POEMS IN POSTHUMAN AKKADIAN
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POEMS IN POSTHUMAN AKKADIAN
written by General Totleben
© Ivan Stanev, executor testamentarius
Read the full text of the poem KUDURRU – Part One h e r e
Kudurru, Boundary Stone, Grenzstein
In 1788, Antoine Michaux, an amateur bota- nist traveling in Mesopotamia, found an intrigu- ing stone object on the west bank of the Tigris, just south of Baghdad. M. Michaux brought the object back with him to Paris, and in 1801 the object entered into the collections of the Bibliotheque Nationale. Thus did the Caillou Michaux, the first significant monument and inscription from ancient Mesopotamia, come to the attention of the modern world.
In the final decade of the nineteenth century, a number of inscribed and sculpted stone objects ex- hibiting clear physical and textual similarities to the Caillou Michaux were discovered by French and British expeditions to Mesopotamia. Shortly after the objects made their westward way into thecollections of the Louvre and the British Museum, their inscriptions and reliefs appeared in the series Mission de la Delegation en Perse (MDP) and in L.W. King’s Babylonian Boundary Stones and Memorial Tablets in the British Museum (BBSt).
Many of the objects commemorate a grant of agricultural land from the king to an individual, and their inscriptions open with a description of the land according to its borders. The prominence of these land descriptions and the occurrence of the Akkadian word kudurru “boundary” in the in- scriptions led to the classification of the texts as “royal” or “feudal” land grants, and it was assumed that in antiquity the objects themselves stood upon the boundaries of granted land. Thus, at the beginning of the twentieth century, early in the his- tory of Assyriology, the objects entered into the Assyriological lexicon as kudurrus, English “boundary stones,” German “Grenzsteine.”
Classification plays a primary role in any re- search, and since the time of their publication, the objects have been almost uniformly accepted as boundary stones marking the limits of royal land grants. Yet there are features of the artifacts that cannot be reconciled with their alleged function as boundary markers. For example: one inscrip- tion relates that it is a copy of a text destroyed when a wall collapsed upon it. This statement clearly points to an architectural rather than an agricultural provenance. Five initial observations can be marshaled against the designation kudurru “boundary marker” for the objects:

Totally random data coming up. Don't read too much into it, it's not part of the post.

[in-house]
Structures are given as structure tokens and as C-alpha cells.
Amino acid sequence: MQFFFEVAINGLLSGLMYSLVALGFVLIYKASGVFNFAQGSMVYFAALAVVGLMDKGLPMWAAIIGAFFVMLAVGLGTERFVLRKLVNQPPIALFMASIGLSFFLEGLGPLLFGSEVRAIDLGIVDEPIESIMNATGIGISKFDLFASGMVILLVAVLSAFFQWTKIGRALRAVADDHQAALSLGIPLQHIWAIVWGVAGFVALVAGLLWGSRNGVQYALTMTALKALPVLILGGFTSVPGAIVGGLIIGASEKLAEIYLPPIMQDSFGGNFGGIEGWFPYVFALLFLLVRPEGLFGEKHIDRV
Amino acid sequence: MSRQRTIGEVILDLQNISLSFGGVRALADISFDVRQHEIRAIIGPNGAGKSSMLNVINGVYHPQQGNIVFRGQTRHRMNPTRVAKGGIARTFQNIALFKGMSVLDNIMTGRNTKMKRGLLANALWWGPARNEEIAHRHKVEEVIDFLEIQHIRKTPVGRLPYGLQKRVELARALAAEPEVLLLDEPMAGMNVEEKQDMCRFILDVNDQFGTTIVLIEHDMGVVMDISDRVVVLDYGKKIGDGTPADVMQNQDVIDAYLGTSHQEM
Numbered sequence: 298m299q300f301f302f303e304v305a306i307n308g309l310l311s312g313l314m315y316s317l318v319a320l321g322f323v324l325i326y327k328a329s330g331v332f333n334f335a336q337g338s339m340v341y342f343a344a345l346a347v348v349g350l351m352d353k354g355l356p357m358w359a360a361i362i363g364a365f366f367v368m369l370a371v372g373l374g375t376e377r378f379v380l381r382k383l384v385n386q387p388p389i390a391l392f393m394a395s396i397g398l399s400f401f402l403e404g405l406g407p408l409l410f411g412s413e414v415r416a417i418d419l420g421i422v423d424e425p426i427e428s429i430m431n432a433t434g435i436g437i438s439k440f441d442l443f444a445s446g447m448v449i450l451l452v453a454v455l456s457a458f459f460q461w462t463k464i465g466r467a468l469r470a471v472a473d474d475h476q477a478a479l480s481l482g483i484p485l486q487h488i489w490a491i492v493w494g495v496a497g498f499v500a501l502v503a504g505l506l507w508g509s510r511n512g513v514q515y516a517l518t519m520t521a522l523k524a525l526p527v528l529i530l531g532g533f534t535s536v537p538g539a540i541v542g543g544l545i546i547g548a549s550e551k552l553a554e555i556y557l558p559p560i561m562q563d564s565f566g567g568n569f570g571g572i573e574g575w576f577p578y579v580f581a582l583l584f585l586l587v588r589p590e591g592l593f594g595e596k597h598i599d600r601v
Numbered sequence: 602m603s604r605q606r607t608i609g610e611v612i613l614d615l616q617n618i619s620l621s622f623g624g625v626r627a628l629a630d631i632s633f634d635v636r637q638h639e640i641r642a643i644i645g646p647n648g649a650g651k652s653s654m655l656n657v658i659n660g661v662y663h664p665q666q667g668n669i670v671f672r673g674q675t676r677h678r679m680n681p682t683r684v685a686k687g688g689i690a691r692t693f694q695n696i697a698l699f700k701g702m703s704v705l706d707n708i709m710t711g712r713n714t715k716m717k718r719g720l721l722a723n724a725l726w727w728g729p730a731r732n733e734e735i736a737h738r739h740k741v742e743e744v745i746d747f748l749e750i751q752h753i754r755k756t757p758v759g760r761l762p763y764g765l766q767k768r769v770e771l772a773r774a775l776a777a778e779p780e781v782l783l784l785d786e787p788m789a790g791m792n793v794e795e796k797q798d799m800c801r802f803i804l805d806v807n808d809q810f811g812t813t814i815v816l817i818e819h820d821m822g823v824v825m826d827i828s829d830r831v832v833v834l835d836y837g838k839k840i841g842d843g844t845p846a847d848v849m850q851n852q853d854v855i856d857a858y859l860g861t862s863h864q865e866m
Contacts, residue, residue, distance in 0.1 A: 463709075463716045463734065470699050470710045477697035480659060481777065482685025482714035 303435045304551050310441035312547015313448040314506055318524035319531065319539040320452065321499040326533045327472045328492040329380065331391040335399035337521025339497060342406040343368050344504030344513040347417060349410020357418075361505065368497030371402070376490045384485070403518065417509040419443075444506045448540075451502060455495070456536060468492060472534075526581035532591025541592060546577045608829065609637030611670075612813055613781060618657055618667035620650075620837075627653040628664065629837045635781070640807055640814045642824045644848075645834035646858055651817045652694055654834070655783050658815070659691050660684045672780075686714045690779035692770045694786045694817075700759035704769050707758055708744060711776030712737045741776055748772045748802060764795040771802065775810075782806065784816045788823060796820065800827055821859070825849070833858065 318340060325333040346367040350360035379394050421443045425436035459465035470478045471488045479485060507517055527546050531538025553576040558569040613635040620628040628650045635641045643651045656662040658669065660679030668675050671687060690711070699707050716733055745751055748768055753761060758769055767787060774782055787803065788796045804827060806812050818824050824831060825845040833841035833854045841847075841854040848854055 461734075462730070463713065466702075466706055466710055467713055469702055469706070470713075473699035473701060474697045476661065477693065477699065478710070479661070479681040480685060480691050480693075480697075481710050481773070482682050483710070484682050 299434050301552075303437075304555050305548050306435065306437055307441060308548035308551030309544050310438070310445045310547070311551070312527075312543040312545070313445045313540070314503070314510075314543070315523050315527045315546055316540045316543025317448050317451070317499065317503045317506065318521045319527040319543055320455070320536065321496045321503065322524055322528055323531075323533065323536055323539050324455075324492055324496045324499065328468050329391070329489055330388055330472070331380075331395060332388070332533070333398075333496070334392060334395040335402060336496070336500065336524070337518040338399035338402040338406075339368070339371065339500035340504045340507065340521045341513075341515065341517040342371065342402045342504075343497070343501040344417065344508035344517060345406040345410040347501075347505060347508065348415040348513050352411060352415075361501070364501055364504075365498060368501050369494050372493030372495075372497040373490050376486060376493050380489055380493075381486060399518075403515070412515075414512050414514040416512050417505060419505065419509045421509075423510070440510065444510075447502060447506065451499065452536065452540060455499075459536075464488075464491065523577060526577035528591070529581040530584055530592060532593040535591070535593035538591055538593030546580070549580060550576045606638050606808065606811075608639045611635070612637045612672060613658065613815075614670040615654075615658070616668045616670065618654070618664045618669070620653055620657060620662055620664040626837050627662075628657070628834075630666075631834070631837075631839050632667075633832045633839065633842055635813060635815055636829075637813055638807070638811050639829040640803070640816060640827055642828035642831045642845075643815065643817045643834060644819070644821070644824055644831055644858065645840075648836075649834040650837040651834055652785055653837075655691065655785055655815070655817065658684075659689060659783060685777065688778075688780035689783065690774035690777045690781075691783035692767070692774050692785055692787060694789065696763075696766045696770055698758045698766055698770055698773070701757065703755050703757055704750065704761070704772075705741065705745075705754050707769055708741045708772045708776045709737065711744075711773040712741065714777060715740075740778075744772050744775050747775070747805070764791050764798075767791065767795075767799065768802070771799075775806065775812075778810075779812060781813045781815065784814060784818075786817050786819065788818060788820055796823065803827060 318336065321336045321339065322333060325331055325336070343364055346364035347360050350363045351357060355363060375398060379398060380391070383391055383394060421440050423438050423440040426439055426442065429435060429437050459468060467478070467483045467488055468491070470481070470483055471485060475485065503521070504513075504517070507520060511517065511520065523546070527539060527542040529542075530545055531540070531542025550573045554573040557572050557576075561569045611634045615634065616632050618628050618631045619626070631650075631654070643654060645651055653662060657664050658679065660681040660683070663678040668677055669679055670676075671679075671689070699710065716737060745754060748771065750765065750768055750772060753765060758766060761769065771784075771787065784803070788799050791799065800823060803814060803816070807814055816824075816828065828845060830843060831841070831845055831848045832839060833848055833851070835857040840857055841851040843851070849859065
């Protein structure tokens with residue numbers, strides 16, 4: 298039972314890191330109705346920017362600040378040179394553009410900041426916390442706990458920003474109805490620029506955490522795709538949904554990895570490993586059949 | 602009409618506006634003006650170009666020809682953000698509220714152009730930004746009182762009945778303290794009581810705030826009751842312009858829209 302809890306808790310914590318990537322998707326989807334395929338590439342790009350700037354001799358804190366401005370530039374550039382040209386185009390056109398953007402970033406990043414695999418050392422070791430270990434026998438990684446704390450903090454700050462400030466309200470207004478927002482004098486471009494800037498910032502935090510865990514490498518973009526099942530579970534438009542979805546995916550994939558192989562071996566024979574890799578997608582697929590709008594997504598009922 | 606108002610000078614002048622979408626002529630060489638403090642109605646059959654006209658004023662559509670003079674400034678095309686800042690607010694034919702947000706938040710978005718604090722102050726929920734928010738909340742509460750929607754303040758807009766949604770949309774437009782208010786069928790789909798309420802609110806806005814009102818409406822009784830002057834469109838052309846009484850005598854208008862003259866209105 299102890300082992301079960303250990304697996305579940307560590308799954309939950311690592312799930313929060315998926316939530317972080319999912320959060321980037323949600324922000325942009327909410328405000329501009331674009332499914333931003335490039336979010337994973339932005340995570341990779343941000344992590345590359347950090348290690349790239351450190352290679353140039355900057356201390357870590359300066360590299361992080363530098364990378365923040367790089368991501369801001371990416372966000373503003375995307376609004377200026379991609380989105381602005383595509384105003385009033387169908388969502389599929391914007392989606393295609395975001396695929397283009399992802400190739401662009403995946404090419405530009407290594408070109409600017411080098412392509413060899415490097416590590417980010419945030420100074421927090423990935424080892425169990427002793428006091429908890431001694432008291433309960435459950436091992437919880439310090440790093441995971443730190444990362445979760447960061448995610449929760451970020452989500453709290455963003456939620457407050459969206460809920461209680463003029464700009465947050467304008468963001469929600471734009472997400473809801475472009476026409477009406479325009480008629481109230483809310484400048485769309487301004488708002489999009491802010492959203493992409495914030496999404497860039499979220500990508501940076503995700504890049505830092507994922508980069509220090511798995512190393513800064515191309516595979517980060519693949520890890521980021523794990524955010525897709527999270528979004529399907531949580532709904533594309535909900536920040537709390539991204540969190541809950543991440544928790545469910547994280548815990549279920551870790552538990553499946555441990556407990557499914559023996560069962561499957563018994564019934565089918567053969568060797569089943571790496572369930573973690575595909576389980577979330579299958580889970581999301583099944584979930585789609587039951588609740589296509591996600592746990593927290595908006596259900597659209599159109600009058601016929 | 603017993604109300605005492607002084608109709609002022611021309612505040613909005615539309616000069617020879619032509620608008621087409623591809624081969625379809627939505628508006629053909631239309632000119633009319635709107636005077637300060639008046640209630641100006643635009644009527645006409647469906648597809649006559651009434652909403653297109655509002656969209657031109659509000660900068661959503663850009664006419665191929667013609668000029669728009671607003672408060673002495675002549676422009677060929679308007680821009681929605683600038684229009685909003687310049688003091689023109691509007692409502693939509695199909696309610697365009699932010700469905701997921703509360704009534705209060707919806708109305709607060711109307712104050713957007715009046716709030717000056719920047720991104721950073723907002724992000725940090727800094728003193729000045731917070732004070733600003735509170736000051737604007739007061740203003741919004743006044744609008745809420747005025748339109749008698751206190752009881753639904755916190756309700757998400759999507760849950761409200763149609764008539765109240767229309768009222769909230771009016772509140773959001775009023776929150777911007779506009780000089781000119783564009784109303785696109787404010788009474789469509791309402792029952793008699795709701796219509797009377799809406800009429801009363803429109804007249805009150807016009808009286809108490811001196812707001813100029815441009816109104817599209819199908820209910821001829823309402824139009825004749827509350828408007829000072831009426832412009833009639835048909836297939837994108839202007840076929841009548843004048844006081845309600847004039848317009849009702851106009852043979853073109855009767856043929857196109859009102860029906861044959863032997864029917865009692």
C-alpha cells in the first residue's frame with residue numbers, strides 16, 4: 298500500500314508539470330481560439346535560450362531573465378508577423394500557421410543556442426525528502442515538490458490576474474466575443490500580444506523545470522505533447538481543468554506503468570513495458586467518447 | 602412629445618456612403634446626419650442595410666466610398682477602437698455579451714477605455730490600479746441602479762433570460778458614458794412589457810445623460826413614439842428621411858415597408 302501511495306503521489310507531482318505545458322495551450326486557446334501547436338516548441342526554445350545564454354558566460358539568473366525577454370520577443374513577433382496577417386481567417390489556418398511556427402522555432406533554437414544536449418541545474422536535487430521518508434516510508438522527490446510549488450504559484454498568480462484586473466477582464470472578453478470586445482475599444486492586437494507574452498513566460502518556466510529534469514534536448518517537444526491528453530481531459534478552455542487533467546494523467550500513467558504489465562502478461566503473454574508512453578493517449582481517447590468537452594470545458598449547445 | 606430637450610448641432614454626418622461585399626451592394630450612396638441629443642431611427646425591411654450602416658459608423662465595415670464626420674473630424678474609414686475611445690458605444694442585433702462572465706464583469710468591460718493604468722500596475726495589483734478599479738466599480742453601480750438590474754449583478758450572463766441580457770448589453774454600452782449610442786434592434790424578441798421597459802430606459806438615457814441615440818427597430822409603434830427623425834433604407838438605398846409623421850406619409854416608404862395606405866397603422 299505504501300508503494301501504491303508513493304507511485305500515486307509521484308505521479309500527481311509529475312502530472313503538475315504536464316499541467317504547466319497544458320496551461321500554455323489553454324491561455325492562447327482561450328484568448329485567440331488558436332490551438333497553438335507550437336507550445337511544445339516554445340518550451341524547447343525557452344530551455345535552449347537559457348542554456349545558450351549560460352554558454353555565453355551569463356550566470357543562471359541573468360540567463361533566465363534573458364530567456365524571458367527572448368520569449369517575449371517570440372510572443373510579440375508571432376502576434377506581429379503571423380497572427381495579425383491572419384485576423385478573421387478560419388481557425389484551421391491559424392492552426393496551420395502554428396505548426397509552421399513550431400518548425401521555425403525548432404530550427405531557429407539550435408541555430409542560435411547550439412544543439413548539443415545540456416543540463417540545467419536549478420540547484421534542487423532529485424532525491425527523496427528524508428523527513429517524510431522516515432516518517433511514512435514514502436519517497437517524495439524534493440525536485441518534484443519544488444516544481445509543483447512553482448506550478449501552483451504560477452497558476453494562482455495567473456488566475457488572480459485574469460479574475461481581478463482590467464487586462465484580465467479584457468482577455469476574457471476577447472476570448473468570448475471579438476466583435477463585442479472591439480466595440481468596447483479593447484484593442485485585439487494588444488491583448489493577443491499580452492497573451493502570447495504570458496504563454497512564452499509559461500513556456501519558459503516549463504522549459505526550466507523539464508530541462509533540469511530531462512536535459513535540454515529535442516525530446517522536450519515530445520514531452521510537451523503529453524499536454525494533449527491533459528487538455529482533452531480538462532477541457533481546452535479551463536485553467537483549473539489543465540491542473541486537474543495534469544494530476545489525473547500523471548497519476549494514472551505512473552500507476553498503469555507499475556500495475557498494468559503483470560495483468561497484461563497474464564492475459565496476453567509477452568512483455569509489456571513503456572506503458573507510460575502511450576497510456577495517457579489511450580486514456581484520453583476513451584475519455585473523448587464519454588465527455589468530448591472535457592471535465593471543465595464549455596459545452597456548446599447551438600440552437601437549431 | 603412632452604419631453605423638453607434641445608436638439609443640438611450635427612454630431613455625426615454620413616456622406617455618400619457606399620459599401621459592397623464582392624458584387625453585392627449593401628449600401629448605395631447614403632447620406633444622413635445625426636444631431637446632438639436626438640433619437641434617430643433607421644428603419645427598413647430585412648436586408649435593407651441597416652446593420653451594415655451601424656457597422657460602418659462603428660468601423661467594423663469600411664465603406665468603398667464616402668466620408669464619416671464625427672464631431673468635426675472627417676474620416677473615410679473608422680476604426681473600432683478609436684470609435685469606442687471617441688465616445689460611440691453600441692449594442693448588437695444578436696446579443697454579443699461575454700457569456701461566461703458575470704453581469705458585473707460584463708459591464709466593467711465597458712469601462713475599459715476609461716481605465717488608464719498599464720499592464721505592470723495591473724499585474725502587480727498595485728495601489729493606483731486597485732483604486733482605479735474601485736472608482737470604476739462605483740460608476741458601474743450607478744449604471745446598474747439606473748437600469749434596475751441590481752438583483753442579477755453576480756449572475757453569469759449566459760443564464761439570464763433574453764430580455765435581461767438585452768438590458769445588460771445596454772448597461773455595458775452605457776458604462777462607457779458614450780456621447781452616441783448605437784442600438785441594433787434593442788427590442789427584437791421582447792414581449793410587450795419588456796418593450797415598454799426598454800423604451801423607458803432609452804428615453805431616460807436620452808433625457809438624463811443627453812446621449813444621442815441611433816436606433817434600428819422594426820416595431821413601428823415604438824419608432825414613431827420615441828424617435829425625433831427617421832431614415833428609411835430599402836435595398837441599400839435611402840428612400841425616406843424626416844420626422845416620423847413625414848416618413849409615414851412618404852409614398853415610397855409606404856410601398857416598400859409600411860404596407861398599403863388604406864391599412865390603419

1. While the Akkadian word kudurru does mean “boundary,” the inscriptions do not designate the objects with the word kudurru. Rather, the inscriptions of the objects themselves refer to the objects to as (na›)narû, the regular Akkadian term for “(stone) stele” or “(stone) monu- ment.”
2. Some of the inscriptions refer to the objects having been erected “in the presence of the gods.” Combined with the passage cited above indicating architectural provenance, these ref- erences suggest that the original setting of the objects had been within temples.
3. Approximately one-third of the objects was found in Susa, capital of ancient Elam, where they had been taken in the aftermath of Elamite raids into Babylonia. It is inconceivable that the Elamite soldiers went scavenging in the fields to pick up boundary markers and carry them home. Moreover, the objects were set up in the main Elamite temple, alongside more spectacu- lar monuments seized in Babylonia. Archaeo- logical and epigraphical evidence indicates that these other trophy objects—such as the Law Stele of Hammurabi and the Stele of Naram-Sin—were removed from Babylonian temples. The original Babylonian setting for the objects under discussion should be sought alongside these other artifacts taken from the temples of Babylonia.
4. Most of the objects have a highly polished, visually appealing surface. The objects do not have the appearance of stones left outside in the elements.
5. Recent systematic excavations, as well as re- interpretations of earlier, less systematic exca- vations, have indicated that find spots for some of these objects lie within the architectural re- mains of ancient temples.
In short, these objects were not boundary markers. The Babylonians knew them by the term narû, “(stone) monument,” the same term they used to designate their royal monuments. In order to de- termine the true function of the narûs under discussion, we need to reject their classification as boundary markers and consider the objects anew.
Kathryn E. Slanski / Tel Aviv University
Languages / scripts used: English, French, German, Russian, Ancient Greek, Latin, Spanish, Sumerian/Akkadian, Proto-Elamite
Apokrifna Realnost, Big OM of Tibet, BM, University of Pennsylvania Museum, The Pennsylvania Sumerian Dictionary Project, CDLI, archive.org